ISLAMABAD, Pakistan (CNN) -- Pakistan's Foreign Office says the sole surviving suspect in the Mumbai attacks, which killed more than 160 people, is a Pakistani national, state media reported.
People hold a demonstration of solidarity outside Mumbai's Taj hotel in mid-December.
The office disclosed the man's nationality, according to the Associated Press of Pakistan on Wednesday.
Also Wednesday, the office of Pakistani Prime Minister Syed Yousuf Raza Gilani confirmed that National Security Adviser Mahmud Ali Durrani had been fired, but gave no reason for his dismissal.
Earlier in the day, Durrani said Mohammed Ajmal Kasab, the only surviving suspect from the attacks, had ties to Pakistan.
"I think it probably would be true now that for example [Mohammed Ajmal Kasab] had Pakistani connections," said Durrani. "So one cannot deny there was zero link with Pakistan. How much, who all was involved, that we have to investigate."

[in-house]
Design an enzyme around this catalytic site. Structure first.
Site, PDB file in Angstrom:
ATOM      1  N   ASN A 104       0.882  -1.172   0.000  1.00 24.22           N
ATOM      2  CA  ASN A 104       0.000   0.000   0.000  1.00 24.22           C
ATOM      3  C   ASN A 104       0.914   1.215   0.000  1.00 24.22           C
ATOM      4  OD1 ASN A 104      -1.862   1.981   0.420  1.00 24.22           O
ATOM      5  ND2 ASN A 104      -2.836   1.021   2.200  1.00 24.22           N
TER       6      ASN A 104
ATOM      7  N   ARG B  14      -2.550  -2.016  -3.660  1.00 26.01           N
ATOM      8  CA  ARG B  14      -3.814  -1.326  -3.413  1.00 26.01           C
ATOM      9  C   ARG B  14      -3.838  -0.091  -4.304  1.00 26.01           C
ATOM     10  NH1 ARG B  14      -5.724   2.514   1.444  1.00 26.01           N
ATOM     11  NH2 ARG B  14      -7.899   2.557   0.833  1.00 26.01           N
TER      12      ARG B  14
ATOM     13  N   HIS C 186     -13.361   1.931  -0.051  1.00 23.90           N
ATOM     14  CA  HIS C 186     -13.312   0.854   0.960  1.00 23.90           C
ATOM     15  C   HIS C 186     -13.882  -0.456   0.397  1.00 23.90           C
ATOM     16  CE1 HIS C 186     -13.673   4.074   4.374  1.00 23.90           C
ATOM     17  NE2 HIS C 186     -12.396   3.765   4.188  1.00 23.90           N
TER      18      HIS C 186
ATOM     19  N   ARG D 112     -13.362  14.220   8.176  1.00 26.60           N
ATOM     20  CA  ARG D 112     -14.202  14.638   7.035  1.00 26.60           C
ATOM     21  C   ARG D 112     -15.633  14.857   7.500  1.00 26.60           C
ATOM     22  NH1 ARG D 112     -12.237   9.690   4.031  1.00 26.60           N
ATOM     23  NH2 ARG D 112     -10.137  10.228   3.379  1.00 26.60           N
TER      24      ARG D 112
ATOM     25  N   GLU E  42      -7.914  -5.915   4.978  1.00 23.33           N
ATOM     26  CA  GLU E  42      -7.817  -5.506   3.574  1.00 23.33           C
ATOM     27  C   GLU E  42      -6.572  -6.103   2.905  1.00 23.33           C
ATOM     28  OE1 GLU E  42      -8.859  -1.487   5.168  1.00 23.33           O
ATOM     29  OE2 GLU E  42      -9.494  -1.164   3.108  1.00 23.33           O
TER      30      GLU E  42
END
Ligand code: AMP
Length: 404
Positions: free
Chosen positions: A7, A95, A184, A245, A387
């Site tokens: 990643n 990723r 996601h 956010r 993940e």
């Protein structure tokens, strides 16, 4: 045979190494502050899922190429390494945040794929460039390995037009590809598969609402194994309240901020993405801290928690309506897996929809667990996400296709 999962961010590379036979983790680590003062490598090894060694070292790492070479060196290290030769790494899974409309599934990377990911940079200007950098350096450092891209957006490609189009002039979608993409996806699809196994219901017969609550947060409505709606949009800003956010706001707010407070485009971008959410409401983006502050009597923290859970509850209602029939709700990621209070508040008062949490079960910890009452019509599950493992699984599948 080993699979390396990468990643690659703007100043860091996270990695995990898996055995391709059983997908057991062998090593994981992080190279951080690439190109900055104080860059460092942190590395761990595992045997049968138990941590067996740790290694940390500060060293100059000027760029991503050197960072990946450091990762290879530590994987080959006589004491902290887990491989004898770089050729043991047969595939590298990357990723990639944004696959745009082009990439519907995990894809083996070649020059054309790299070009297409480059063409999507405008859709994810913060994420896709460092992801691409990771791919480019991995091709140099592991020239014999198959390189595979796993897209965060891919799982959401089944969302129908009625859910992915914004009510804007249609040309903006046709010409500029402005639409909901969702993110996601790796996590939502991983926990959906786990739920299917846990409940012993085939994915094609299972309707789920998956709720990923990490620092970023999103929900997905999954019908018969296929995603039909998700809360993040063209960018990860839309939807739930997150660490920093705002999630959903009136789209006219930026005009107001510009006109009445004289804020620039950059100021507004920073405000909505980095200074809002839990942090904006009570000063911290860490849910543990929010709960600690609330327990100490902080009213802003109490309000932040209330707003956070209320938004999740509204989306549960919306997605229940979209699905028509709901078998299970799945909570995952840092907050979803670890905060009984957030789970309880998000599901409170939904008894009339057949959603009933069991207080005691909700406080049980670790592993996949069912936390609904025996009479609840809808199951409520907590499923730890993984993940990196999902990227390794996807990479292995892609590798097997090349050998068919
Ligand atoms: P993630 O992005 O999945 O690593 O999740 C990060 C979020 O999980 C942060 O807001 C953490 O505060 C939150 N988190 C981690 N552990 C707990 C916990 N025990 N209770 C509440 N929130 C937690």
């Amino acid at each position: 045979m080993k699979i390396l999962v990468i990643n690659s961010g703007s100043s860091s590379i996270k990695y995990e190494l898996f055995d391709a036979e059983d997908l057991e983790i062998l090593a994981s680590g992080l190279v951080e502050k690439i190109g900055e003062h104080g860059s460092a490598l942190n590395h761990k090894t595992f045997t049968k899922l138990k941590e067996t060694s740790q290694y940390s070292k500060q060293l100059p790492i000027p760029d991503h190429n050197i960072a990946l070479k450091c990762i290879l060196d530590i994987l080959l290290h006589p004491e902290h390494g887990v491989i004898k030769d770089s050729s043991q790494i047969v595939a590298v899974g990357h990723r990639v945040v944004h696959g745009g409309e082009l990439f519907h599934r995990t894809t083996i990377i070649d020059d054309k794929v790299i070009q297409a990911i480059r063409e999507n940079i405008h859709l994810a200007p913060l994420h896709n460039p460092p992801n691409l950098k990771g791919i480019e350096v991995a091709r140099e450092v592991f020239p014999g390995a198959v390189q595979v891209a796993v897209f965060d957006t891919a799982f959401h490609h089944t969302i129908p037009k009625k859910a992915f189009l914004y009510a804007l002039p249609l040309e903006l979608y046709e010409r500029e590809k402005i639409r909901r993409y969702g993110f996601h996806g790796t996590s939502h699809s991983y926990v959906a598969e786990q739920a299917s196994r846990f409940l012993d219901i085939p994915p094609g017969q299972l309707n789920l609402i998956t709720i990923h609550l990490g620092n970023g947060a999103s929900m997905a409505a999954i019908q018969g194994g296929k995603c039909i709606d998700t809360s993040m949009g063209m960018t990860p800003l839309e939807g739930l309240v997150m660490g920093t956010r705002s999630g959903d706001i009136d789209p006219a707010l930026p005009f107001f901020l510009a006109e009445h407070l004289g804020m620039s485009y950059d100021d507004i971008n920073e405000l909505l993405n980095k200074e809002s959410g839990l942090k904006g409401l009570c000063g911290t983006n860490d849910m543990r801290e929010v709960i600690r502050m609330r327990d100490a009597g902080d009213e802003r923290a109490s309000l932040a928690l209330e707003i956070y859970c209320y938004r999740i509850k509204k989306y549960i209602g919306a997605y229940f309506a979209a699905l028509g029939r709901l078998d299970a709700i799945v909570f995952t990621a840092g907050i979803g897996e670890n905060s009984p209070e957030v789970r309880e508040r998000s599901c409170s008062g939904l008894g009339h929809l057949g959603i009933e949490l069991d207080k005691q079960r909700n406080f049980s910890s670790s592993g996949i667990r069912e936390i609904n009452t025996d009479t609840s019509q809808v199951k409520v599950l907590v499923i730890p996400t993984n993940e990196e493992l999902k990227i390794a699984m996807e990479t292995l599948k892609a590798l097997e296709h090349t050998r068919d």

Statements from Kasab, the sole surviving suspect, were among evidence that India submitted to Pakistan on Monday regarding the attacks. Also included in the dossier were phone records and information about captured weapons.
Pakistani media reports indicated Durrani was fired for revealing the alleged Pakistani connections to the media without privately consulting the prime minister.
The Mumbai killings fueled renewed tensions between the longtime rivals, who have fought three wars since independence and conducted tit-for-tat nuclear weapons tests in 1998.
India has said Islamic militants trained in Pakistan were behind the three-day siege of India's financial capital in late November. Pakistani officials have promised to cooperate with the investigation but have insisted that India provide evidence supporting its case.
Durrani is a former ambassador to the United States and a former Pakistani soldier.